By Kyle Buck | 07/29/2012
In my guiding tenure multiple hookups have been common trolling Lake Michigan. Historically, however, hooking five salmon simultaneously occurred only once a year. Meanwhile, this season it has already happened more than a dozen times and our best days are still ahead of us.
After nearly a decade charter fishing this has been the best year, by far. Trolling has been hot since March and never slowed. And, while the fish aren’t huge (the biggest we’ve seen so far has been 25 pounds) I’m confident we’ll see some to 30 pounds this season.
As good as fishing is, meanwhile, controversy remains. The DNR (Michigan Department of Natural Resources) believes there’s a large shortage of alewives in the lake, which puzzles me because everyone we’ve talked to has seen more this summer than ever before. We have some officials telling us there’s a shortage of alewives and we are missing year classes. It’s confusing for us, and for most fishermen.
It’s hard for me to believe this theory because last week we were in 18 feet of water right outside the pier heads in Muskegon and saw the largest congregation of alewives we’ve ever seen. And, I’ve talked to guys on the Milwaukee side experiencing the same thing.
My question is are the fish bighting so good because there’s a lack of alewives and when they see them they pounce on it? I really don’t know, but I can tell you I’ve never seen a bite like this. Regardless of the bait situation we are seeing one of the best bites we’ve ever seen.
A week ago we had a four-man limit, which is 20 fish, in 80 minutes. And, I’m not talking little fish. We had mostly big, mature salmon with a few steelhead mixed in. This has been fairly standard within a 15-mile radius of Muskegon, but is happening from Manistee to the north and as far south as South Haven (a distance of 150 miles).
The bite has been this good, everywhere. This should last through the first week in September, but we are also seeing more steelhead than we’ve ever seen. The steelhead fishing in the lake can continue into October. This is a year we aren’t going to forget.
While, at times, the fish are pounding bait and spoons, I’ve found our bigger fish are coming on bait. Fortunately, we haven’t been buying much bait. Instead, we’ve been catching it off the pier heads, which is something anyone can do.
However, taking care of your bait once you catch them is important. After catching alewives live dump them in a small cooler. I’ve found you can get almost 50 in the one I use. Then, I pour two bottles of natural Fire Brine and let them sit 24 hours so they brine properly. Once they are brined, personally I take them out of the cooler, freeze them 10 to a bag and bring them in the morning on the boat.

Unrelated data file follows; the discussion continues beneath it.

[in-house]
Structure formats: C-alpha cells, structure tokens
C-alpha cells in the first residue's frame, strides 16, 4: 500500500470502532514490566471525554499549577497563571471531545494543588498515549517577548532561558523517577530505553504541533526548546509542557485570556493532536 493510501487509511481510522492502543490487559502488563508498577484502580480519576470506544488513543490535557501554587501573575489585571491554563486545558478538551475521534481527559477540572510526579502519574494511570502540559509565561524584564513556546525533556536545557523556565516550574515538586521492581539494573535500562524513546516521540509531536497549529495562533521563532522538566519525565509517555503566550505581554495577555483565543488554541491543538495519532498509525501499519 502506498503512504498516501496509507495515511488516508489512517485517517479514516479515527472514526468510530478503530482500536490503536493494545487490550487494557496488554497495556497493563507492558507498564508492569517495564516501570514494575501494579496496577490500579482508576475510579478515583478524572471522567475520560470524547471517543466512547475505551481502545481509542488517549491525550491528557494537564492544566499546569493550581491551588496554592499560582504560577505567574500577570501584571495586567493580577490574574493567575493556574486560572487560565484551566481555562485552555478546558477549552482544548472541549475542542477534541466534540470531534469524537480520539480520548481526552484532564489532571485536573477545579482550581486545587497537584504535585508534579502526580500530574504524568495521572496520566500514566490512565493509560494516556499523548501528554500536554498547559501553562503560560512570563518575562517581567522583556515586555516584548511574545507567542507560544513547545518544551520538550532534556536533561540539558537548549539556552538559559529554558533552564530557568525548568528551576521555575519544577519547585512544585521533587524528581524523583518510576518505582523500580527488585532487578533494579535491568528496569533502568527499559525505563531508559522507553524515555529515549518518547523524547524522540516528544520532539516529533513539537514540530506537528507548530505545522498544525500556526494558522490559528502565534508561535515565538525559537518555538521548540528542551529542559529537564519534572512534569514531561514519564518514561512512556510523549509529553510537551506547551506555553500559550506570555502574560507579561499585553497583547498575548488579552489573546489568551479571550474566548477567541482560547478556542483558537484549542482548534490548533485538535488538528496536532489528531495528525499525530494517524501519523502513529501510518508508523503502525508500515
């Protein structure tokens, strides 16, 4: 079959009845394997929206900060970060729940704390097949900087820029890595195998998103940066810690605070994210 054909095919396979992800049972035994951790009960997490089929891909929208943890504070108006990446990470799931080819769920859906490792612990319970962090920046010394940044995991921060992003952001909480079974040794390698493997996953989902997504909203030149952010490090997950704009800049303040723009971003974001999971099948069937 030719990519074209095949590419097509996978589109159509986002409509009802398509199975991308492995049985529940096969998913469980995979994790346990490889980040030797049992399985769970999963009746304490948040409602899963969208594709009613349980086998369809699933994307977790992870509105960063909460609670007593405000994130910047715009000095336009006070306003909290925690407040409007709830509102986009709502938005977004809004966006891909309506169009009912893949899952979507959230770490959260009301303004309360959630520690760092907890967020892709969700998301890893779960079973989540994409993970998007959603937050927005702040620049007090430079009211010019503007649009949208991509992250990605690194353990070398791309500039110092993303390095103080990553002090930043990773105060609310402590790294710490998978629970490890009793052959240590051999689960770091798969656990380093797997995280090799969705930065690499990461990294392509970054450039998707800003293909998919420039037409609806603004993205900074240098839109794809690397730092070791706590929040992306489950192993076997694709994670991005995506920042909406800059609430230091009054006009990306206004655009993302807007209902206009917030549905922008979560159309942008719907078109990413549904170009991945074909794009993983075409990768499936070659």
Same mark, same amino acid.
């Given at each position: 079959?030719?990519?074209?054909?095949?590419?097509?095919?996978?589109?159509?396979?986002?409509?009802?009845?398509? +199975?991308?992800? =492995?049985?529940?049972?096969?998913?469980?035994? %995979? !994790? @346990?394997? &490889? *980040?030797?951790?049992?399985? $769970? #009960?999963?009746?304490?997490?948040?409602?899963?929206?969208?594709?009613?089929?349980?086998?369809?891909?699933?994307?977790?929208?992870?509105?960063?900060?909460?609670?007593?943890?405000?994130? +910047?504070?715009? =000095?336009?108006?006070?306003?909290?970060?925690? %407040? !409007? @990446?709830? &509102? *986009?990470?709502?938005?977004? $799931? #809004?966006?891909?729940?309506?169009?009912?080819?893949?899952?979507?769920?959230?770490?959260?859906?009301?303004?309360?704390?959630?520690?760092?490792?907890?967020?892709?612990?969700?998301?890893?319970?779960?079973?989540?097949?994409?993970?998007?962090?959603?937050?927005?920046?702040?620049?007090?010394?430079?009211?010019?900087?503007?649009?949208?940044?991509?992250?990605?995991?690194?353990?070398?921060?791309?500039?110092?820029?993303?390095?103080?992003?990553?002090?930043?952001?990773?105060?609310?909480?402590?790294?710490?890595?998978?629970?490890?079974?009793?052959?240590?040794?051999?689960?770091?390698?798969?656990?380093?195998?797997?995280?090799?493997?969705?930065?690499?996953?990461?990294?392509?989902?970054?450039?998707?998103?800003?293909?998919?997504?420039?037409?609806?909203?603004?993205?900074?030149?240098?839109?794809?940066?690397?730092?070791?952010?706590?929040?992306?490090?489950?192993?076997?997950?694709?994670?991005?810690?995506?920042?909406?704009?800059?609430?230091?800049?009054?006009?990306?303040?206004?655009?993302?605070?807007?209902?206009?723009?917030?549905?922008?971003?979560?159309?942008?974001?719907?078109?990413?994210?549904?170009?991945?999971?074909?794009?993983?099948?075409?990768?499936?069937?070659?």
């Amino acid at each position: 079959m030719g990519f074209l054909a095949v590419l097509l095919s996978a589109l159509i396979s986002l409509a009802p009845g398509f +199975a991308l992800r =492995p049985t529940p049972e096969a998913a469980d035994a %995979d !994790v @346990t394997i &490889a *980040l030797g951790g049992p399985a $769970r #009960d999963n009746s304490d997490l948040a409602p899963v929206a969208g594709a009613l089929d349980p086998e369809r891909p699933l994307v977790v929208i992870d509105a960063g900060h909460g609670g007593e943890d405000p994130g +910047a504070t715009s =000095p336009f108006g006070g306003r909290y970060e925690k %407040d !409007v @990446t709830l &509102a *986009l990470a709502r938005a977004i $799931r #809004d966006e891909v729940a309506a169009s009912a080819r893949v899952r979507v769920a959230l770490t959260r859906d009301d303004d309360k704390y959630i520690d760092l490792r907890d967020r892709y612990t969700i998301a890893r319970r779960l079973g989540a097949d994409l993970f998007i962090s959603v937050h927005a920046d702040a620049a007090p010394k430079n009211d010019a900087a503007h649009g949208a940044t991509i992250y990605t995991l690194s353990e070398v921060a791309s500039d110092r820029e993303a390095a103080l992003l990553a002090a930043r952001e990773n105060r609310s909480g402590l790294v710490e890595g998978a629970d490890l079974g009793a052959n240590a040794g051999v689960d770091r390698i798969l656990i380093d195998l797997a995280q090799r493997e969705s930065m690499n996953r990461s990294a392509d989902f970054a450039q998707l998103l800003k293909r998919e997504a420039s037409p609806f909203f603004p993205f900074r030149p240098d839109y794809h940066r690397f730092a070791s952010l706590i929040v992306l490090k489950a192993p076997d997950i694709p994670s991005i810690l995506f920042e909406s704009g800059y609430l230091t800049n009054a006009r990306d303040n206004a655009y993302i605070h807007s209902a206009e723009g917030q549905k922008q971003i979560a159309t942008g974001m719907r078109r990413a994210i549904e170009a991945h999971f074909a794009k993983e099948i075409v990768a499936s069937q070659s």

On the other hand, not every one can catch their own bait and sometimes we can’t either. If you purchase bait, there’s a need to take care of it prior to fishing, or it won’t last long. I turn to Fire Brine to aid in doing this as well. The purpose of this is to toughen the meat.
First off let’s talk a bit on the meat. There are all different types of “meat” to use including alewives and ballyhoo, but the most common and easy to come by in our area is herring. You can buy the herring whole in different sizes or buy it in pre-cut strips. I like to keep things as simple as I can, so most of the time I run the pre-cut herring strips. There are times when we do run whole herring or alewives, but not often. The strips are easy and work well for us.
Next, I want to talk about brine. In definition ‘brine’ is solution of salt and water used for preserving. For years fishermen have been mixing up brine with all sorts of crazy ingredients that they think will make the fish bite and if they do find one that seems to work, well it was hard to reproduce.
Until this season I was one of those fishermen mixing up a bunch of different ingredients to make good brine and then trying to store it without spilling it all over my boat. With Fire Brine I no longer have to deal with that. This is bottled, colored brine that is pre-mixed to perfection with the right amount of ingredients to give you that perfect bait every time. Fire Brine is super user friendly and it flat out works.
All you have to do it pour half the 32 oz. bottle in a zip lock bag, toss in your whole herring or herring strips and let them soak for as little as 4 hours or up to 24 hours before use. The longer you let them soak, the darker the color. The Fire Brine comes in 6 different colors so I can mix and match them to come up with endless custom colors. Have you ever thought about UV herring to match the new Big Weenie Brand UV paddles and meat heads? Fire Brine has UV in it, so now you have a UV herring.
Keep in mind, Fire Brine is not scented. What Fire Brine does is cure your bait and add color. To add scent to the brine I like to sprinkle in a little of the Pautzke Fire Power, which is a krill scent and I also add a few squirts of Pautzke Nectar, which is natural juice from salmon eggs. This gives the strip a scent that the salmon cannot refuse.
In the morning, I can open up a pack of alewife or herring strips and toss them in a Ziploc with the Fire Brine when we are getting the boat ready for that day’s charter. By mid morning, when the bite starts to slow down I can open the Ziploc, grab a strip and it is colored up ready to go. This is the time when the strong scented meat really shines.
Once I figure out what colors should be working for that day’s conditions, I will color coordinate my meat rig set up. For example, if I find green to be working, I’ll rig a green flasher, green Big Weenie Brand meat head, green teasers and now even a green herring strip.
Surprisingly, many guys are still shy about fishing bait. Nevertheless, these new products have made it easy to make quality bait – and even easier to get multiple hookups.
For more info on Buck and Great Lakes Guide Service please visit www.glguideservice.com